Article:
Roger McGuinn - guitars, vocals; Clarence White - guitars, mandolin, vocals; Skip Battin - bass, vocals; Gene Parsons - drums, banjo, vocals; Jim Seiter - congas, percussion
Despite being one of the most unstable American bands of the 1960s, The Byrds were also one of the most creative, innovative and influential. Right from the start, the group's music would have an impact, both on their own influences like The Beatles and Bob Dylan to subsequent generations of country and alternative rock bands. The Byrds striking vocal harmonies and the jangley timbre of Roger McGuinn's Rickenbacker guitar would fuel their early hits and become the building blocks of a sound that remains compelling to the present day.
Unlike most American rock bands of the era that first established their reputations on stage, The Byrds initially established their reputation in the studio. Over the course of their nearly decade long career and numerous personnel changes, this would gradually reverse itself. By 1970, when many of the band's contemporaries had split up or were nearing the end of their creativity, the double album "Untitled," had redefined The Byrds' sound. Containing both live and studio recordings, all four members contributed material, which displayed a solid group effort. The group's extensive touring schedule during this era helped develop a new legion of fans and The Byrds would finally gain a deserved reputation as a compelling live band. It is no wonder that this occurred, as Roger McGuinn, Clarence White, Gene Parsons,and Skip Battin had indeed become the most enduring lineup of The Byrds, performing and recording together from September of 1969 well into 1972. Much credit goes to Roger McGuinn for maintaining a vision for the group and keeping this lineup together, but the secret weapon was guitarist Clarence White. It was White's innovative stringbending techniques, combined with McGuinn's signature sound, that extended the band's explorations of country music within a heavier rock framework. White was an utterly unique talent, with blazing guitar chops, a razor sharp sound and astounding musical sensibilities. He was equally potent in both acoustic and electric settings and possessed the all-too-rare ability to think in terms of a soulful unified sound. This was a key ingredient to the cohesiveness and strength of The Byrds live performances during this era Both critics and fans universally agreed that this early 1970's lineup was far more accomplished in concert than any previous configuration of The Byrds.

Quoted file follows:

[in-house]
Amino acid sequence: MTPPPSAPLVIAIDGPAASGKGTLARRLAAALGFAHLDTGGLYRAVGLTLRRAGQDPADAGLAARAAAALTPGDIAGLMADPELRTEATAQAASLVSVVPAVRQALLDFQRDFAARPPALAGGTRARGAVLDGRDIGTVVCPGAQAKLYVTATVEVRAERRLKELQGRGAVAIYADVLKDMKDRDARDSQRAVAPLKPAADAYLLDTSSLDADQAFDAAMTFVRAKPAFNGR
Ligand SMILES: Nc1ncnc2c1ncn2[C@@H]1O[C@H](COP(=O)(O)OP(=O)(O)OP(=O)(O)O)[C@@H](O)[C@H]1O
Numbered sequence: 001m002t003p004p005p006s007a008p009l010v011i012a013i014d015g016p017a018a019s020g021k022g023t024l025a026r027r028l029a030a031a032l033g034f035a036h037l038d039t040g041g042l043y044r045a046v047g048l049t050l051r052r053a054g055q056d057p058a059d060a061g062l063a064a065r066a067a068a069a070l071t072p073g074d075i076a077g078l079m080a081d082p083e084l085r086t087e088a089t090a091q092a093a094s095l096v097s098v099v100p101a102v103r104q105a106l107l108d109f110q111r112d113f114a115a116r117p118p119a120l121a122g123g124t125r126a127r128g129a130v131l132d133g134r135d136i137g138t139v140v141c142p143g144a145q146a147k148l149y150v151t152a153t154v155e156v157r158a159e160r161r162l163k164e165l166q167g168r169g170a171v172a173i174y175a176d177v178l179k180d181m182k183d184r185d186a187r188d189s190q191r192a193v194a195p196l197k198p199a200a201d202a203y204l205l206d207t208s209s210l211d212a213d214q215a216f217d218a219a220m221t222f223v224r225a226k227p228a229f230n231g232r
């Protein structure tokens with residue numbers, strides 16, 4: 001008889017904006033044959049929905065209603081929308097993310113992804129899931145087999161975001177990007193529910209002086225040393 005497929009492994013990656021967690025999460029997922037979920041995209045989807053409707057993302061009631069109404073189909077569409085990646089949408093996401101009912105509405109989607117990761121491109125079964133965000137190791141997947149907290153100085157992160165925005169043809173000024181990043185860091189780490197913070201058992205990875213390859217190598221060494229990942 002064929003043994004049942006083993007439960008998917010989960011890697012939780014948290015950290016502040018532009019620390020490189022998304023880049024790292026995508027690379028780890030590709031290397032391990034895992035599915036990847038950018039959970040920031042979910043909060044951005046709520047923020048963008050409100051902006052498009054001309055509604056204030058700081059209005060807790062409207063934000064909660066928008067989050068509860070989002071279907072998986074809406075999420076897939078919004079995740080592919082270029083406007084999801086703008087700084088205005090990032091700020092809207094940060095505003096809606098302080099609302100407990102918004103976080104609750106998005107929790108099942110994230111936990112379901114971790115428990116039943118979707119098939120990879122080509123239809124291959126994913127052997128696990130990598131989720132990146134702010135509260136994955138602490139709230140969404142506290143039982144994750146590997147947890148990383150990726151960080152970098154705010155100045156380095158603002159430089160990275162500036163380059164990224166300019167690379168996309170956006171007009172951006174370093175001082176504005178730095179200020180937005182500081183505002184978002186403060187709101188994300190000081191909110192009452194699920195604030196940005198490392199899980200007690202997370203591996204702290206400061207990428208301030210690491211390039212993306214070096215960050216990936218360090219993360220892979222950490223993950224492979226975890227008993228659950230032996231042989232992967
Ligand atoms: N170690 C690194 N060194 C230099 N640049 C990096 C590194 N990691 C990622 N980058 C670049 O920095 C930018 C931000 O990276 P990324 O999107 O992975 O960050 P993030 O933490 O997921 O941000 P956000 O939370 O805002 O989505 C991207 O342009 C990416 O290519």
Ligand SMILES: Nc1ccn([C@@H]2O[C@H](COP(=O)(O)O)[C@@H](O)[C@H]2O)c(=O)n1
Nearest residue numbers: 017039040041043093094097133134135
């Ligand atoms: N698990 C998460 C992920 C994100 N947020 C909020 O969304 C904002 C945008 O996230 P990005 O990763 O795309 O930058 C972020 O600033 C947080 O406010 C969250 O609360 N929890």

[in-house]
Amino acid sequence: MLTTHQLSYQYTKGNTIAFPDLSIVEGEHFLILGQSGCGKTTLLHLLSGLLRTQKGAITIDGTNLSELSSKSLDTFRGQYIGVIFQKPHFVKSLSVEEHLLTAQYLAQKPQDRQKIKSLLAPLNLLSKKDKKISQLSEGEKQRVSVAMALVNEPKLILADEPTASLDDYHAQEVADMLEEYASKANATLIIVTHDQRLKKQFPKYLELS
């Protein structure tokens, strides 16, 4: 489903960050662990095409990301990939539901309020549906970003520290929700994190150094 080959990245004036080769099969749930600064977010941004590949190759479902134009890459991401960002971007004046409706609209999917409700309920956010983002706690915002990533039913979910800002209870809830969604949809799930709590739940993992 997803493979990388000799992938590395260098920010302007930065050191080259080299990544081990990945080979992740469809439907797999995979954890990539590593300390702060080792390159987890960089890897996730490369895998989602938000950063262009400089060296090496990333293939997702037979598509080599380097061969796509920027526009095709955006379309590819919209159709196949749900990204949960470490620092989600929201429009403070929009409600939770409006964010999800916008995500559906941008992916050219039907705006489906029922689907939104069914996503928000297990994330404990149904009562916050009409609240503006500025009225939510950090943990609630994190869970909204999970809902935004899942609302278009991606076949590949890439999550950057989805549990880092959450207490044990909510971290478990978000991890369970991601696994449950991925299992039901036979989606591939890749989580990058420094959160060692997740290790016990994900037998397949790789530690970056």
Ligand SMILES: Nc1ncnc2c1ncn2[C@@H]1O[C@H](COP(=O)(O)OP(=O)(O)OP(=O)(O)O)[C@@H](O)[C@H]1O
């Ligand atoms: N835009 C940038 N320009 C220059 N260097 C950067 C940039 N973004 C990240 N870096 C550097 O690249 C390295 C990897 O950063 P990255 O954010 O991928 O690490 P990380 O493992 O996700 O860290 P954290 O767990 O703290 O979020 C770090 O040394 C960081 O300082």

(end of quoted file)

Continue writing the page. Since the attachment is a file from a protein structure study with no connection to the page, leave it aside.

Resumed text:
Ironically, as the group became accomplished performing musicians, they would simultaneously experience decreasing satisfaction with their studio recordings, a reversed scenario of the group's most commercially successful years in the 1960s. Regardless, the live performances benefited from both old and new material and The Byrds certainly had a wealth of acoustic and electric material on which to develop their concert repertoire. Performing songs from throughout their wide ranging career, they were one of very few bands capable of forging both a spiritual and musical unity between the two decades. Their studio projects may have become less satisfying, but it mattered little to those attending their concerts as their most inspired and innovative moments now almost exclusively resulted on stage. They would experience wildly enthusiastic audiences nearly everywhere they played, especially in Europe where their popularity had never really waned.
A prime example is the recording presented here, taped by sound reinforcement pioneer Dinky Dawson in Newcastle England during the European leg of The Byrds 1971 tour. This previously unheard recording captures the group just a month prior to the release of Byrdmaniax.